like it all meant something

these days
Nokyoung Xayasane

these days
you find
are so full
it makes you recall
the days of idleness
full of unanswered
questions and emails
long drives to
nowhere in particular

and sometimes you recall
the places where you felt
your first heartbreak
when the sky and sun
were so necessary
you sought out their
with closed eyes, tilted chin
towards the heat

and you recall the streets
like ghost towns
buildings where you watched
the local punk scene
all its characters
milling about
and laughing
playing music
like it all meant something

and the house
you used to occupy
its small rooms
full of light and
air and stained glass
and the city
you used to know
where everything
reminded you
of the person
you could never be

you were always
looking for an out
but these streets
these buildings
these people
they meant
something to you
and somehow
they still do

(April 2015)

What we talk about when we talk about love

cobweb in the sunshine and the last Sunday I sat on this particular porch

cobweb in the sunshine and the last Sunday I sat on this particular porch

What we talk about when we talk about love
Nokyoung Xayasane

I think I miss laughter the most.
I miss laughter, induced by another person,
or should I be more specific?
Induced by you.
Sitting on our front porch,
there were those tinkering wind chimes
our neighbour hung that annoyed you
but charmed me.
Do you remember them?

We sat in the comfort of each other,
reading and not speaking
while the hushed streets barely
whispered in the summer wind.

I miss the ease with which you live
your life,
the lazy energy of Saturday morning,
when there was time to say nothing
and do very little.

Sometimes I would look over at you
and I would try and remember
the sunlight streaming through the evergreen tree
beside our porch,
and I could barely contain myself for joy.

I miss the lazy car rides where I didn’t
have to talk and you didn’t have to listen.
We shared a silence
that only two people can share
who have said all they have to say
and need not say one word more.

Yes, I do,
I do, miss the easy laughter,
and I miss those lazy summer nights
when we were young and free
and full of something we could not name.

This morning,
riding back to our old neighbourhood,
I realized I missed
the wide-eyed enchantment
of things to come,
not knowing what was next for us.
Do you miss those things too?
I wonder,
but am too afraid to ask.

The man beside me on the streetcar
murmurs something incoherent
and I miss the ease of not missing you.

I know I can return
but I can never go back
to that place we shared
where laughter came easy
and the days were sweet and pure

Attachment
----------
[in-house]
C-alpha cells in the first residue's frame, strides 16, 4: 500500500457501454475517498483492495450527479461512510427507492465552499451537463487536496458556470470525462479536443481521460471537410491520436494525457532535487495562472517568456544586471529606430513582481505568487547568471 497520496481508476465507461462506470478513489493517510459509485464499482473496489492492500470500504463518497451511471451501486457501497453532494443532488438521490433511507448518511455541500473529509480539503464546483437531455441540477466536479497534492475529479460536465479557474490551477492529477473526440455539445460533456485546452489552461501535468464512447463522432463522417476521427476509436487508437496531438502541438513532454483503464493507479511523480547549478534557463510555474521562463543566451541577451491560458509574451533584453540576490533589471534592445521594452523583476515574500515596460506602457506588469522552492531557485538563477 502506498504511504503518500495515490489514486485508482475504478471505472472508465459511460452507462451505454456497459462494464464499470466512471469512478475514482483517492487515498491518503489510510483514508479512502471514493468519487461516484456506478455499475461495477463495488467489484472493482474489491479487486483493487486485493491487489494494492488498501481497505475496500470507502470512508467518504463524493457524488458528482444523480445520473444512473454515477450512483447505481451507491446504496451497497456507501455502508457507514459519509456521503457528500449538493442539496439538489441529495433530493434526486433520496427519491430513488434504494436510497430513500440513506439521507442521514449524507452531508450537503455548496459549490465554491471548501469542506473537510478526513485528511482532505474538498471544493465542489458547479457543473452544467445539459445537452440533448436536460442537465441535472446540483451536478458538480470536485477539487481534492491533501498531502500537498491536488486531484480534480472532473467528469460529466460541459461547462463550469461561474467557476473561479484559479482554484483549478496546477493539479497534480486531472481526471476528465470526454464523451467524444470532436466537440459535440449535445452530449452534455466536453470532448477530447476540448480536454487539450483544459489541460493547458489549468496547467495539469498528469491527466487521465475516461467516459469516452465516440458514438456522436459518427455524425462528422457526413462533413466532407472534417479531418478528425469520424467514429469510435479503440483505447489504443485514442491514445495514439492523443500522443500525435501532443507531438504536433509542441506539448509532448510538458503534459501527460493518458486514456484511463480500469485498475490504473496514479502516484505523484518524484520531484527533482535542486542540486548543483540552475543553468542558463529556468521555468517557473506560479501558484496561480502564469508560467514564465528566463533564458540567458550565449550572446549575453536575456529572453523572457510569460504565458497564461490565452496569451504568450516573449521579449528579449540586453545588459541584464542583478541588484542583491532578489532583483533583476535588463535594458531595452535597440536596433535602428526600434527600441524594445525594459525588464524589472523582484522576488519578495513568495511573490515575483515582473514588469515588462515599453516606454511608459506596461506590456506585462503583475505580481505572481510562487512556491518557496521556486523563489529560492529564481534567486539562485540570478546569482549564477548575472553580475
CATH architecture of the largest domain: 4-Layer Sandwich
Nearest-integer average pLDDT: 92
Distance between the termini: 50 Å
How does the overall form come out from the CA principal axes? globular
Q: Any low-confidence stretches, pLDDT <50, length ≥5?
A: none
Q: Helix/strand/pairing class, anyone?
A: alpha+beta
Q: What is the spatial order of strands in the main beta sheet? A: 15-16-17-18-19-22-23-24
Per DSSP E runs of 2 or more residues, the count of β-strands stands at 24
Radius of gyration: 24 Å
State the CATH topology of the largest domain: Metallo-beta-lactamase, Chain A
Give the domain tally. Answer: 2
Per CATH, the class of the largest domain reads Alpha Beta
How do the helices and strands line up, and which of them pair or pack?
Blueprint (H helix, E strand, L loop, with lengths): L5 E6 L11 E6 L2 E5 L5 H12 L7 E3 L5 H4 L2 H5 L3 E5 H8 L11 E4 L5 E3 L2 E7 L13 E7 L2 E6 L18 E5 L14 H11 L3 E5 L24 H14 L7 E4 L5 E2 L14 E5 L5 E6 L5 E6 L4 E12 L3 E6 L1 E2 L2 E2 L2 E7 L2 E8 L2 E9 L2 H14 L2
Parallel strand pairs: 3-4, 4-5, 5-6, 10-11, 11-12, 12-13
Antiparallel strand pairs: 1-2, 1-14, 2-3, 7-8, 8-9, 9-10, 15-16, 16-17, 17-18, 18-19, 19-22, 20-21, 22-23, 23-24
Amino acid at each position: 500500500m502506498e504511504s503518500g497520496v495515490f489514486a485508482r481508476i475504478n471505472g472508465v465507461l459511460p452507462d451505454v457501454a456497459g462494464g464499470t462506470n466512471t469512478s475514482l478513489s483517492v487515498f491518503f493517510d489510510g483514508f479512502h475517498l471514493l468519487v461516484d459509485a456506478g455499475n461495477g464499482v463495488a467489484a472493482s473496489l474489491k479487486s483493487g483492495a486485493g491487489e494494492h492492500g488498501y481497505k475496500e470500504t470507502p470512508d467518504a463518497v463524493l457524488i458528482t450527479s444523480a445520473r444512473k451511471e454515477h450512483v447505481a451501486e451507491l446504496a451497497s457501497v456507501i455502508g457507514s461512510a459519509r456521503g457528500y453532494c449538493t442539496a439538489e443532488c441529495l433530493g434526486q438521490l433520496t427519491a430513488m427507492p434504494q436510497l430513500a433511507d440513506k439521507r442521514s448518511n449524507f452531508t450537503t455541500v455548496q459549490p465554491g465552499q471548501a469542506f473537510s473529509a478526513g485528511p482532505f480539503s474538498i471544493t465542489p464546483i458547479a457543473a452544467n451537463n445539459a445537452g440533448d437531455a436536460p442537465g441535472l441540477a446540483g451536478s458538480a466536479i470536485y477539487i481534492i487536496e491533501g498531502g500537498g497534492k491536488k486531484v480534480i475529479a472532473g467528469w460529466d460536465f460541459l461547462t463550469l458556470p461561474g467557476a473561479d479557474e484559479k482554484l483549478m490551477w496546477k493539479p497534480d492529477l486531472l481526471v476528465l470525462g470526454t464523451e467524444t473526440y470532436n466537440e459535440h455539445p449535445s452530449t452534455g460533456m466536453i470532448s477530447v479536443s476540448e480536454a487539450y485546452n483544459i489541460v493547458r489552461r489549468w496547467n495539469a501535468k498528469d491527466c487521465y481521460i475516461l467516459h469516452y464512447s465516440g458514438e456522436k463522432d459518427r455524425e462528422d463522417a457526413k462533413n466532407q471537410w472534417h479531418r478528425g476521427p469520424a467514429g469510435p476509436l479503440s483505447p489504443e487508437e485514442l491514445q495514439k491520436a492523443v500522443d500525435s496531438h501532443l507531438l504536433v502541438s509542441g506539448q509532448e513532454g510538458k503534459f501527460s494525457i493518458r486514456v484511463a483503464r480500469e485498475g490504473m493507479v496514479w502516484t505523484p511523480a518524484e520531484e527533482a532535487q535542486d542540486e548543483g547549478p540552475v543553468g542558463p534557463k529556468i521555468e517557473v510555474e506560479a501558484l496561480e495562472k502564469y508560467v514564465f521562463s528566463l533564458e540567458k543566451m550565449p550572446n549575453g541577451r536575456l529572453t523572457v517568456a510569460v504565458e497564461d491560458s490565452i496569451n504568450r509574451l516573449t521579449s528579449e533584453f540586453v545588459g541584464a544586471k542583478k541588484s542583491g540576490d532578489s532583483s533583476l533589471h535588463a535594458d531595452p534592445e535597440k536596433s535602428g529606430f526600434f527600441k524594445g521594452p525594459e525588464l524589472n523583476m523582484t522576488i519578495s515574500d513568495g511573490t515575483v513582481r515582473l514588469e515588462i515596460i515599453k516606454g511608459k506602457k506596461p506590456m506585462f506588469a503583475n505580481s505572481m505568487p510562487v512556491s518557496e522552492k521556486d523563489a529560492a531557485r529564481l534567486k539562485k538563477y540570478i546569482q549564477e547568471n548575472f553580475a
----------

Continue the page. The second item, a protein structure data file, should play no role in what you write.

and full of possibilities.
Do you remember that place
as I remember it?

I guess missing is all we have.
Those memories we shared from long ago,
they become as audible
as our old neighbour’s wind chimes
and as bright as the light streaming
through the evergreen trees
where two people read in the hush of summer.

And I realize far too late,
this must be what we talk about
when we talk about love.

(November 2015)

whatever it is we remember, we’ll remember this

The last lights of summer (Little Italy, Toronto, August, 2015)

The last lights of summer
(Little Italy, Toronto, August, 2015)

whatever it is we remember, we’ll remember this
Nokyoung Xayasane

whatever it is we remember
we’ll remember this
that once we were happy
and we held on to some sort of belief
in something beyond our bedroom walls
we once strained against the glass
that looked out onto the world
and we hoped for magical nights
when the air was warm but the wind was cool
when we gathered with friends underneath Christmas lights
that sparkled
even though it wasn’t Christmas

whatever it is we remember
we’ll remember a time
when we were young and beautiful
the world bowed to us
everything was possible, attainable
everything could be measured by the span of our hands
we held the world in our palms and
swung high into the air

the stars pushed out above
the songs from our childhood
our singing was no longer a form of helplessness
we remembered that once we knew nothing
and we still don’t
at least, at least
we are no longer afraid
at least we are full of wonder still
and the lights that glittered on that patio
that night
in that city we called home

we remember we loved and were loved
and all of it meant something
if only for a little while
if only for a brief moment
and we’ll remember nights
when time was within our grasp
but we lost it all the same
we spoke in fake British accents
in 24-hour phở restaurants
we held on to some kind of freedom
that was fleeting but we held on nonetheless

what we know now is this:
we’ll always be okay
we are sometimes surprised when
we hear our voices lifted above the tumult of noises
the traffic careening down streets that led to places
we thought we would never see
but stepping out into the street the wind lifts
our hair sticks to our lips
our bodies are nothing more than
air and dust and bone and breath

what we are we know
this will always last for us
what we know is time will stand still for us
but we wander nonetheless
we wander nonetheless

(August 2015)